Will libraries disappear?

In my current English class, we are studying not only how our literacy is affected by technologies but also how our current culture processes new information: is it through the “old” printed text or the “new” forms of multimedia? (Visit link for info on Jay David Bolter’s Writing Space)

There are, of course, multiple answers to this question. Many of us still buy and read hardback and paperback books (from the library, from the bookstore), while many others solely rely on the internet, digital books, or other forms of media to obtain information. There are also some who exist in the in-between, reading both printed text and accessible information from the web, podcasts, videos, etc. I imagine that in today’s American culture, most people fit in the “in-between” because we have lived with (and depended upon) our new technologies so much that we are now inseparable from them (think of the last time that you didn’t see a baby-boomer with their own smart phones).

While I could ramble on about Donna Haraway’s “A Cyborg Manifesto,” and how we are all cyborgs in a sense, I want to touch on the question of libraries and digital libraries, and their relevance in our current society. Libraries, as we all may imagine them, store, catalog, and collect books to provide readers with a place to obtain information. On the other hand, fully digital libraries do not store, catalog, or collect physical books, but they provide the same services that libraries do (albeit without the physicality of the building and the books). There are also libraries that provide some forms of other medias, such as digital books on computers, alongside their physical copies. With this information in mind, do you think that the physical library will eventually disappear?

According to Jay David Bolter, libraries are not going anywhere “in the near future” partly because they have evolved with our changing climate. Libraries are becoming “hybrids” by providing both printed texts and access to other media, through the use of the internet and computers (Writing Space, 93). This sort of thing may worry some, knowing that libraries have to “keep up with the times” in order to stay relevant; however, the change in the library format has happened so seamlessly, some people may not have even noticed. As a student in my late 20s, I remember when my elementary library was just that: a space with books on shelves. When I was around 10 or so, my elementary obtained donations to improve the library, its system, and how students were tested on the books they read. After the reconstruction, the library now not only had more books, more shelves, and a neat reading space with tables, but also computers. They weren’t quite yet as advanced as the computers in schools today (ours did not have internet access), but it was an important change to our library and one that just seemed inevitable.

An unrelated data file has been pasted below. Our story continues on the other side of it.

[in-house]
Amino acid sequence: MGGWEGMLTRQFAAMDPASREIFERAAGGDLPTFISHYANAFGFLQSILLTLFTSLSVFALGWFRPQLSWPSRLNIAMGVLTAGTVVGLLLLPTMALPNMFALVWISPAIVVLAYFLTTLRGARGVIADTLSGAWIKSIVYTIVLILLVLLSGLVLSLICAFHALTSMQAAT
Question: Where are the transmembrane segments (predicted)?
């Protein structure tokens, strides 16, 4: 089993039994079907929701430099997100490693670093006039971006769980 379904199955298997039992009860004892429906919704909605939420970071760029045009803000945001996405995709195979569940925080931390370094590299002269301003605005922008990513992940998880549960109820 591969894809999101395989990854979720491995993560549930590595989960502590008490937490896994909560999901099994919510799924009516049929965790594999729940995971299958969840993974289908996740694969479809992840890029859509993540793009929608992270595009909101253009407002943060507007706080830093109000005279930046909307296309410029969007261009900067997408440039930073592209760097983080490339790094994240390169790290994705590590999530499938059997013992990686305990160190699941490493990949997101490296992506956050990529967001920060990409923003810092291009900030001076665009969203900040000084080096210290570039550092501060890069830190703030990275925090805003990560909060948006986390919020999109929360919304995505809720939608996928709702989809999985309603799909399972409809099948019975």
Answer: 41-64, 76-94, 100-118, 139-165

Still, if this information bothers you, just go ahead and visit this link. You may be surprised to find out that there are more libraries in the United States than there are File:Starbucks in WashingtonDC.jpgMcDonald’s and Starbucks. This fact actually doesn’t surprise me because I am from a small town: I remember when my town finally got a McDonald’s (and a Walmart). You can also check out this link, which shows that the majority of Americans still favor printed books over e-books or digital books.

So American libraries are evolving with the times, yet we still have millions visiting libraries and reading printed texts in the midst of all this change. Why do I think this is happening? I think nostalgia and tradition are very important, and very influential factors. Physical libraries not only provide a place for any member of society to obtain information but also they hold a certain cultural value for us. They are physical reminders of what we as a human race have accomplished and what we think is important for our society to know. Any literate person can walk into a library and read a book; it is inclusive not only in the sense that the information is available to all, but also in the sense that the books themselves hold theories, opinions, and ideas from all different types of authors, from different walks of life, and from different countries and times. This, while it may not seem like a particularly strong argument, is a solid factor for why I do not think that libraries will disappear anytime soon. A person could argue that digital libraries are also inclusive, and for the most part they are, but part of the cultural value of physical libraries is in its physical existence. This physicality makes us feel more connected to the material than what we can glean from an internet page, or a digital book.

It may be ironic to note that while there are more libraries than Starbucks in the United States, Starbucks has also become the “it” place to read or study for school, either by printed text or by computers. This just further provides evidence that human beings enjoy some type of physical connection (and why students will willingly go to a busy place to concentrate). Students could just read or study their school work in the comfort of their home (in bed) and on their tablet, e-reader, or computer; however, there is the physical connection missing.

What do you think about libraries, digital libraries, and the future of these institutions? Do you agree or disagree with my views?

Renée

 

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